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Getting Things Done QA

Paper vs. Apps—The Tools in Your GTD® System

Dear David,

I can’t seem to get rid of my paper and pencil system. I love to write down lists, track things on sticky notes, and hoard notebooks and handouts from my meetings. In today’s world of fancy phone apps and calendaring systems, I feel a bit archaic. Am I doing it wrong if I stick to my paper and pencil way of getting things done? It hasn’t let me down yet.

Low-Tech Scribe

Dear Low-Tech,

There is absolutely nothing wrong with your tools, nor with you. As a matter of fact, paper, in many cases for many people, works better than digital media. I know quite a few tech-savvy people who have gone back to using paper-based systems—especially those who have attention issues or are simply too impatient to deal with all the digital “clicks” necessary to input or access reminders in your phone or computer.

Physical tools like pen and paper also give us a kinesthetic experience that many find more satisfying than typing or texting. The touch and feel of pen, pencil, paper, sticky notes, and notebooks does foster a kind of magical quality in our thinking as we use them. And the more attractive our tools, the more functional they will be.

Additionally, a paper planner or notebook, properly used and organized, can actually give you a more comprehensive, quick overview and gestalt of your multi-level commitments than a combination of software applications. I used an elegant notebook organizer for fifteen years, for note-taking, creative thinking, calendar and action reminders, and functional portable reference material. Though I have transitioned to digital tools, I still miss that compact, coordinated, leather-encased tool. Tech has not been able to replicate that for me, in that way, as much as I would like it to.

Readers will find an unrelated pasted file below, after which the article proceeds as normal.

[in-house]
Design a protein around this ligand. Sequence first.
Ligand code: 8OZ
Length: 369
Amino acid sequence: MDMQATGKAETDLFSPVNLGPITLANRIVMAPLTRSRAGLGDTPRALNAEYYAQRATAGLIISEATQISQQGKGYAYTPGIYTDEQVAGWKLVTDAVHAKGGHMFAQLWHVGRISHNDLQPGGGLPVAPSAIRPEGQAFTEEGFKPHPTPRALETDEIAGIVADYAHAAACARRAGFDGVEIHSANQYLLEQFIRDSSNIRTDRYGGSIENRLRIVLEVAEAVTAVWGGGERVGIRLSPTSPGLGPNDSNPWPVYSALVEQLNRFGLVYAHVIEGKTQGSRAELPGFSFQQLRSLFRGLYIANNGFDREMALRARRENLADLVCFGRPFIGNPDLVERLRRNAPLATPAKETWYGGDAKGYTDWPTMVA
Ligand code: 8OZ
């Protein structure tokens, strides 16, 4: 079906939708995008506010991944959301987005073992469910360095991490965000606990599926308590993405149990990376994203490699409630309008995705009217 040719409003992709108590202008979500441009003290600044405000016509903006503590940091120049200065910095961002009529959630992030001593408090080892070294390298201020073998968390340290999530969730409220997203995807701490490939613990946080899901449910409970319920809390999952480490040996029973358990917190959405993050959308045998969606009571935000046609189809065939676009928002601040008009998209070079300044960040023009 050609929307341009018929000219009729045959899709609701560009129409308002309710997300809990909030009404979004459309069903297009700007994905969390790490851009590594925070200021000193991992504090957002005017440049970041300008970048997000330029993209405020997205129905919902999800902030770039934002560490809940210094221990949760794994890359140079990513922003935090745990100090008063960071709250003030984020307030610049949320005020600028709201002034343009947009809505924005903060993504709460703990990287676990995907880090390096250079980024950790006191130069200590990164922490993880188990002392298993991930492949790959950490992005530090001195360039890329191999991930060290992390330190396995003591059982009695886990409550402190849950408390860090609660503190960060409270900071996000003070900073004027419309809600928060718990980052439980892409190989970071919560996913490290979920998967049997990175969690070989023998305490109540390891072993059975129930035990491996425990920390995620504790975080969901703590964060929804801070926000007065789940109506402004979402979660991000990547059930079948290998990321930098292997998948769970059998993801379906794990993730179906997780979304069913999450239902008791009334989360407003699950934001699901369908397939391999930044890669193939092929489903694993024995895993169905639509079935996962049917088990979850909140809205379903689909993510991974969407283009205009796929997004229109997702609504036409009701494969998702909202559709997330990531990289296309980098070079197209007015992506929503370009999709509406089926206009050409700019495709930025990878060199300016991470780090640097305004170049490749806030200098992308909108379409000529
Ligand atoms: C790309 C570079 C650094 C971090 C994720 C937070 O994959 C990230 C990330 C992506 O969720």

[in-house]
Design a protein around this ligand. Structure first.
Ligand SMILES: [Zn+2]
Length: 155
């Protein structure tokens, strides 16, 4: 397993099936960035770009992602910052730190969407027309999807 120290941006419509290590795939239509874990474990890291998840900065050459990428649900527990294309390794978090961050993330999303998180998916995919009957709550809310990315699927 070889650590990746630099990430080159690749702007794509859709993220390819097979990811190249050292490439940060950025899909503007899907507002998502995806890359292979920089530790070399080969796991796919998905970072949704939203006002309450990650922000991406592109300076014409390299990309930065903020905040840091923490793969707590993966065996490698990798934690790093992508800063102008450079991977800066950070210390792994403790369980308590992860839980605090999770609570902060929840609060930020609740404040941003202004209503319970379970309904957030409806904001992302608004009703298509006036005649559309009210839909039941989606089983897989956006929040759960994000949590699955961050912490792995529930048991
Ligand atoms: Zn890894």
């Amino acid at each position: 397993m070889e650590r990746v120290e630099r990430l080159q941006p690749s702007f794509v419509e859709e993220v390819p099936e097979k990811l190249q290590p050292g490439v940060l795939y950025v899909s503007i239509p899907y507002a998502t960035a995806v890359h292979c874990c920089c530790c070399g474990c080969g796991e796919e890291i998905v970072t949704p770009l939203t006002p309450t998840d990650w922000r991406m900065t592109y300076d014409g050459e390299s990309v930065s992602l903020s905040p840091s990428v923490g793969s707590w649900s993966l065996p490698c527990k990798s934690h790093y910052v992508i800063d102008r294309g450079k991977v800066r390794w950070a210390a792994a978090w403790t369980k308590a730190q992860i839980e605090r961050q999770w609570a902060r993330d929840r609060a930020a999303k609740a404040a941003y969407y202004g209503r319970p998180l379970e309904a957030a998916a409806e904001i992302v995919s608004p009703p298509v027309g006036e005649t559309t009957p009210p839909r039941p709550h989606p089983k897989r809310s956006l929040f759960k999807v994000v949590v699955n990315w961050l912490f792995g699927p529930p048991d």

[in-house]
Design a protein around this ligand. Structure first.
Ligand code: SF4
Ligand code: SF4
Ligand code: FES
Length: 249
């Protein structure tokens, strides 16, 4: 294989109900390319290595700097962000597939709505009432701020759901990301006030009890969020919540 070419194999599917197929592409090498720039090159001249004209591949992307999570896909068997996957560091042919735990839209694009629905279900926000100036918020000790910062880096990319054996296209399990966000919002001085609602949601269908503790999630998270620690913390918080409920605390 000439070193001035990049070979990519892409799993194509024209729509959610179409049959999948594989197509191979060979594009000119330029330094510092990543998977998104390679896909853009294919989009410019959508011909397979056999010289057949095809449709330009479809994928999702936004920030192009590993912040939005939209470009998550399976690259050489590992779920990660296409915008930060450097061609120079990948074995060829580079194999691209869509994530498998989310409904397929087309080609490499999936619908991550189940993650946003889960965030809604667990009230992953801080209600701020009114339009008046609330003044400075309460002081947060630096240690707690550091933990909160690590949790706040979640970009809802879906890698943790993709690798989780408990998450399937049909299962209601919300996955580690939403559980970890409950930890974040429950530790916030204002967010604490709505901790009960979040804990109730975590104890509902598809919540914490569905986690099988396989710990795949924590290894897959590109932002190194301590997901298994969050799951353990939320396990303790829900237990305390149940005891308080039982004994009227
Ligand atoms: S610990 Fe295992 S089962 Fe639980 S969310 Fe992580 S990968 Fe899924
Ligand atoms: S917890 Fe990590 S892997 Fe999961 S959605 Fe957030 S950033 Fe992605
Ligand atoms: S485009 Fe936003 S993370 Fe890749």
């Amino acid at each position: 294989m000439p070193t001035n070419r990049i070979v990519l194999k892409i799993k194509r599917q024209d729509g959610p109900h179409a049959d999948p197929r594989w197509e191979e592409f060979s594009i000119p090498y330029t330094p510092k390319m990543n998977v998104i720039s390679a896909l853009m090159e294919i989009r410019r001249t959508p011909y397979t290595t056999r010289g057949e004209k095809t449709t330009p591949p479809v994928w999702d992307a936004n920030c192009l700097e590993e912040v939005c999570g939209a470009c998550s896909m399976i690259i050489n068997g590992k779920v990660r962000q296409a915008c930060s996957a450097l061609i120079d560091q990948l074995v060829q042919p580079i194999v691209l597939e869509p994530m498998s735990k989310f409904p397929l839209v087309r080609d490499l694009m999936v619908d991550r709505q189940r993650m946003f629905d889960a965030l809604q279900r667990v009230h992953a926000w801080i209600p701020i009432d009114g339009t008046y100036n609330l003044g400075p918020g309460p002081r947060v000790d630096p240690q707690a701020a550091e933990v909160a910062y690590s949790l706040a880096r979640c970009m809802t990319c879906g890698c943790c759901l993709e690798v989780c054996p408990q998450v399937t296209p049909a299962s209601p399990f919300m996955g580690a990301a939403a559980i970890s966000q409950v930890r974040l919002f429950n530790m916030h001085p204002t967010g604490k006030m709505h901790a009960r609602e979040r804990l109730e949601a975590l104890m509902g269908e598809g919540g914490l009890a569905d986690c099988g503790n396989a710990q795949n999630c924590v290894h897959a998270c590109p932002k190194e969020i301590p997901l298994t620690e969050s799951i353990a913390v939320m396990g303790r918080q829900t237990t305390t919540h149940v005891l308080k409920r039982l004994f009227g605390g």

I did switch to digital for organizing lists and some note taking when the Palm Pilot debuted in the 1990’s. Since then, I’ve primarily stuck to software apps for much of what I need to manage and access. Given the nature of my work, my collaboration with others, and the integration of things like email, calendar, and digital information I can easily cut and paste, high-tech won out as my medium of choice. But it does have its limitations.

I still use pen and paper for capturing random thoughts I’d like to address later (I’ve carried a notepad in my pocket wallet for thirty-five years and I’ll never give it up!). I also always keep a small notepad and pen at my desk. I would find it absurdly inefficient to have to unlock my smartphone to capture a random idea or input. My wife and I maintain a running notecard in the kitchen to remind ourselves of items we need to get at the market.